Is there such a thing as too young for SEL?

Q: Is there a danger of teaching social and emotional issues to young children aged 4 to 7? I am wondering if they are developed enough to understand and isn’t there a danger of socializing impressionable minds and how do you teach when there are so many cultures in each class?

A: No danger, if done well – but great benefits. The best programs for young children in social and emotional learning, or SEL, are designed by child development specialists who know what is appropriate for each age.  So during the 4-to-7 years, for instance, learning to delay gratification and not give in to every impulse (like hitting when you’re angry) is an essential lesson, particularly because the brain’s circuitry for managing impulse is going through a growth spurt just about then.»

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Emotional response levels: low vs. high

Q: If psychopaths are people who can’t experience emotion or have low levels of emotional response, are there people with inappropriately high levels of emotional response?

A: One place way psychology categorizes people who have inappropriately high levels of emotional response is in terms of the “affective disorders,” like depression and anxiety. Both diagnoses refer to people who have distressing emotions too strong, too long-lasting, and too out-of-place. From the EI perspective, these problems are with emotional self-regulation.  While psychiatry tends to treat these too-high emotional response conditions with drugs, an alternative approach is to teach people to enhance their emotional self-management skills themselves, without medication.»

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EI & education: where to begin?

Q: After 20+ years in public & private education, I had to get out in order to redirect my energies for the last decade of service. My expertise has always been developing holistic education and emotional intelligence while struggling to maintain academic standards. I am now searching to get a certification to allow reentry to system. Any ideas or guidance?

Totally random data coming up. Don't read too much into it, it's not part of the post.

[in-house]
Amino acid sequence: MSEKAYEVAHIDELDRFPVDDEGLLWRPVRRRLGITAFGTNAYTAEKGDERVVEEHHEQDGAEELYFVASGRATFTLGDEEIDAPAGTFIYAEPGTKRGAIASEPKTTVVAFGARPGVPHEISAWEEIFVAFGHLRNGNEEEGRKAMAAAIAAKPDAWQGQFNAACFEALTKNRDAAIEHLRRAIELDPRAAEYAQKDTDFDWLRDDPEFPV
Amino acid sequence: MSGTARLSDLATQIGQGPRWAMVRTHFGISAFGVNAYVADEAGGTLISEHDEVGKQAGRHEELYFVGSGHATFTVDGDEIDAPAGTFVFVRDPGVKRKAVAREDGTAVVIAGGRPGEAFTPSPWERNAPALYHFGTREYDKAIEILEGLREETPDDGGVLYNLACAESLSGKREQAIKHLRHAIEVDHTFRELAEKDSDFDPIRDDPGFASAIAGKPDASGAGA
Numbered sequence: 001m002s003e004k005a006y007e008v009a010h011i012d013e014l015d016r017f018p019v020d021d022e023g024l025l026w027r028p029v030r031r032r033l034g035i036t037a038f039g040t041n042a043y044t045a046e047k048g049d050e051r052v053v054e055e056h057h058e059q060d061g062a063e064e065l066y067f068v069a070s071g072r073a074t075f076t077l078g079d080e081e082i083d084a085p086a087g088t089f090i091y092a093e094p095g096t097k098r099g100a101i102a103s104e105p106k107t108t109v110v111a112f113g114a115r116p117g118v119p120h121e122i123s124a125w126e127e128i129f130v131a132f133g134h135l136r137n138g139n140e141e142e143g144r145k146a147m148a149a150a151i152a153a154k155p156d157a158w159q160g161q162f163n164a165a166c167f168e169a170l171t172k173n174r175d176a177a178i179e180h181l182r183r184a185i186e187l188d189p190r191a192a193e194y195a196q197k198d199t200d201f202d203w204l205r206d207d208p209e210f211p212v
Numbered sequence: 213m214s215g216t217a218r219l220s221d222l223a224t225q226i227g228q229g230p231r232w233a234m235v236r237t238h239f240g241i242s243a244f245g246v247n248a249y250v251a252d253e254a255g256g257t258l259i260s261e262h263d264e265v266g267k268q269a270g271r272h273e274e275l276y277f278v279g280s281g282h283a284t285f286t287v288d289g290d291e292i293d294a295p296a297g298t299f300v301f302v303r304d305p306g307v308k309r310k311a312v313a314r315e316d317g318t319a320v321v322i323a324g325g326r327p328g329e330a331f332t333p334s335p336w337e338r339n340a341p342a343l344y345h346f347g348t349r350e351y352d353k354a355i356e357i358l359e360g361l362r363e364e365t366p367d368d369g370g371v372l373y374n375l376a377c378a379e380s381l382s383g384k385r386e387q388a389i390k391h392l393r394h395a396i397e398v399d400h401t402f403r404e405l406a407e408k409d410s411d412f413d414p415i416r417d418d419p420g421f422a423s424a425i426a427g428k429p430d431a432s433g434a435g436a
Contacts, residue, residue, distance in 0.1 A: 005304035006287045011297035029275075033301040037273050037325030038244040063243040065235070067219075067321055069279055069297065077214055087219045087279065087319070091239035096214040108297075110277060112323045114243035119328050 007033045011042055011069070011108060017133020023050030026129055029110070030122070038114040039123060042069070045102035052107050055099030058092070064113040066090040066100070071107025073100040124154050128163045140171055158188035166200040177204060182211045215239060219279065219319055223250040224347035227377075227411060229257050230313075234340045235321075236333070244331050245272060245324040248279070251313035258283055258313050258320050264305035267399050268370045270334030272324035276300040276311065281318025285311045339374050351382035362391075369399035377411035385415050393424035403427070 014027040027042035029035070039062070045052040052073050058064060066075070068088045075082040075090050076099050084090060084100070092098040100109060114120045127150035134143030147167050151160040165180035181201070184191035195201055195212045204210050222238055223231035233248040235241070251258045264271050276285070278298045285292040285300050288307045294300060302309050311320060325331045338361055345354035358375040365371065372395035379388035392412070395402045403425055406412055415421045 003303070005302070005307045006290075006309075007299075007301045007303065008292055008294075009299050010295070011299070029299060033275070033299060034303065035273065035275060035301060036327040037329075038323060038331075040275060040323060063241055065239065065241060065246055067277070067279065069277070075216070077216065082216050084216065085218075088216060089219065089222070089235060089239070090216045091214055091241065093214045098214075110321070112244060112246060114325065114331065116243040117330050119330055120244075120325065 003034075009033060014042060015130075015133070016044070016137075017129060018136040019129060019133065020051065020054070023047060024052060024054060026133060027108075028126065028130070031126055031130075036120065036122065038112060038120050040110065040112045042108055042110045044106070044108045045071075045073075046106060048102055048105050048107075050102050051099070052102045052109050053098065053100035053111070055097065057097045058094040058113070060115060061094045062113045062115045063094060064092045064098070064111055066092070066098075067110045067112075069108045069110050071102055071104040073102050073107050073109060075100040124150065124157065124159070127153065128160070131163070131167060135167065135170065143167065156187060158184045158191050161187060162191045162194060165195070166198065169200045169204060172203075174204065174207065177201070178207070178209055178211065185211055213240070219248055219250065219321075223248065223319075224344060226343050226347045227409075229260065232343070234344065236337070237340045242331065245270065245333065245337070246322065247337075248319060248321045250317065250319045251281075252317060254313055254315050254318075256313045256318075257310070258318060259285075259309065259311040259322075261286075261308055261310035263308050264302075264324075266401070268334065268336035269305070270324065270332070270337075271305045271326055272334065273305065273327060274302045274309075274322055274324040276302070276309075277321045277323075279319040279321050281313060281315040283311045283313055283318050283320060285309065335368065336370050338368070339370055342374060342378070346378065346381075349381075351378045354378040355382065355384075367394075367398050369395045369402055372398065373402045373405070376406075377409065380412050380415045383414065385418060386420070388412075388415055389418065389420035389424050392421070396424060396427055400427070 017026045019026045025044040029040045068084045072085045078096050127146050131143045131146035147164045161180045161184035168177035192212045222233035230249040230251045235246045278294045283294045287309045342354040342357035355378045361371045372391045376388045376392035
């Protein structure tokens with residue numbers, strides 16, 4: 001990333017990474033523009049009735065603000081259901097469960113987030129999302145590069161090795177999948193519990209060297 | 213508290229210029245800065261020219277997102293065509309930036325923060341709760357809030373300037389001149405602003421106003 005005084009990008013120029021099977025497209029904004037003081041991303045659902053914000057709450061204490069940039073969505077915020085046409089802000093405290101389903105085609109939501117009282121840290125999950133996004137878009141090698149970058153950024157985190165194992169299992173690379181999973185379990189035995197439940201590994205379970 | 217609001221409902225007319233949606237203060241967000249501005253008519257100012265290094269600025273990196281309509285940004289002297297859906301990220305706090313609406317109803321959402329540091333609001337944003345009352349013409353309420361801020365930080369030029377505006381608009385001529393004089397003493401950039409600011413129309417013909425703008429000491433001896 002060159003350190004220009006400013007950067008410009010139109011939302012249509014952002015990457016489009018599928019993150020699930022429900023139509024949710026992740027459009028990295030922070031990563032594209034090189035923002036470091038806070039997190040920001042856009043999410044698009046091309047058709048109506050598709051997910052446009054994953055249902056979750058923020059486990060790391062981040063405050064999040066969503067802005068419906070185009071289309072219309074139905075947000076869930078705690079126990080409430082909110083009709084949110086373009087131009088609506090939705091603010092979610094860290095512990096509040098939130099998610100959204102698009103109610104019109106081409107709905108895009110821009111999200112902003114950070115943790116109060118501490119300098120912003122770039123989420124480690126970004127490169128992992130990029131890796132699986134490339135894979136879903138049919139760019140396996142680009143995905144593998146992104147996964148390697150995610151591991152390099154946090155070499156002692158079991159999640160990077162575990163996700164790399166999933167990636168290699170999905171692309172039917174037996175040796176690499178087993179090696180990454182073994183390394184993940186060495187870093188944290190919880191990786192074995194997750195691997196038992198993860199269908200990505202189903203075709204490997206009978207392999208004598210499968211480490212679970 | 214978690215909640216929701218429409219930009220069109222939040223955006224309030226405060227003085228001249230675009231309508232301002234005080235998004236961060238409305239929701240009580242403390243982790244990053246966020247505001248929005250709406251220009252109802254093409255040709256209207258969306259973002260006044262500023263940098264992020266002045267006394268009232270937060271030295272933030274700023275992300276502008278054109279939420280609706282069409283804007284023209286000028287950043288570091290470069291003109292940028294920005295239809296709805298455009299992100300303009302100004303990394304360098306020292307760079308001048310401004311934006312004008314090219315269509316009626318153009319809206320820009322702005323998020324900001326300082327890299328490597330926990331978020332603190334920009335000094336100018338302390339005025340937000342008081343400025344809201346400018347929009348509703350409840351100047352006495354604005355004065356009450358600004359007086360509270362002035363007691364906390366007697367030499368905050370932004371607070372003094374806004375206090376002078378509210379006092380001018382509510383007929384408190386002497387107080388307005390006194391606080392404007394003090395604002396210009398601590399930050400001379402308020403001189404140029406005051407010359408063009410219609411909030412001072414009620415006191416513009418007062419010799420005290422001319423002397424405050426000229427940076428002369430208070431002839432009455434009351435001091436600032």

A: The movement in social/emotional learning is flourishing, with more and more schools, both public and private, implementing these programs.  The main clearinghouse for information on this approach to education is the Consortium for Research on Academic, Social and Emotional Learning, www.casel.org. »

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EI as a job performance predictor

Q: Is it true that a major problem with the idea of EI is that studies have failed to show that EI predicts job performance above and beyond the “Big five” personality dimensions or beyond  ‘g’, the shorthand for core intelligence?

A: That criticism was made early in the history of EI, but has been weakened by new findings. EI is a young concept – it was proposed first just two decades ago, by Yale psychologists Peter Salovey and John Mayer, in an obscure psychological journal. I wrote Emotional Intelligence 15 years ago, calling wider attention to the concept. It’s only in the last decade that sound research on EI has accelerated – including good studies on how well EI predicts job performance.»

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Emotional intelligence & the obesity epidemic

Q: I am a Doctoral student working on a dissertation currently titled “A Mixed-Methods Study of the Correlation and Educator Perceptions among a Middle School Student’s Body Mass Index and Academics, Attendance, and Behavior.” While interviewing educators, they expressed their concern about obesity prevention and intervention not only occurring in the schools, but society. Another concern was that most people do not recognize themselves or someone else as being overweight or obese, when in fact they are. I instantly thought about ecological intelligence and wondered how you think society should respond to this epidemic. Any thoughts that you could provide would be greatly appreciated.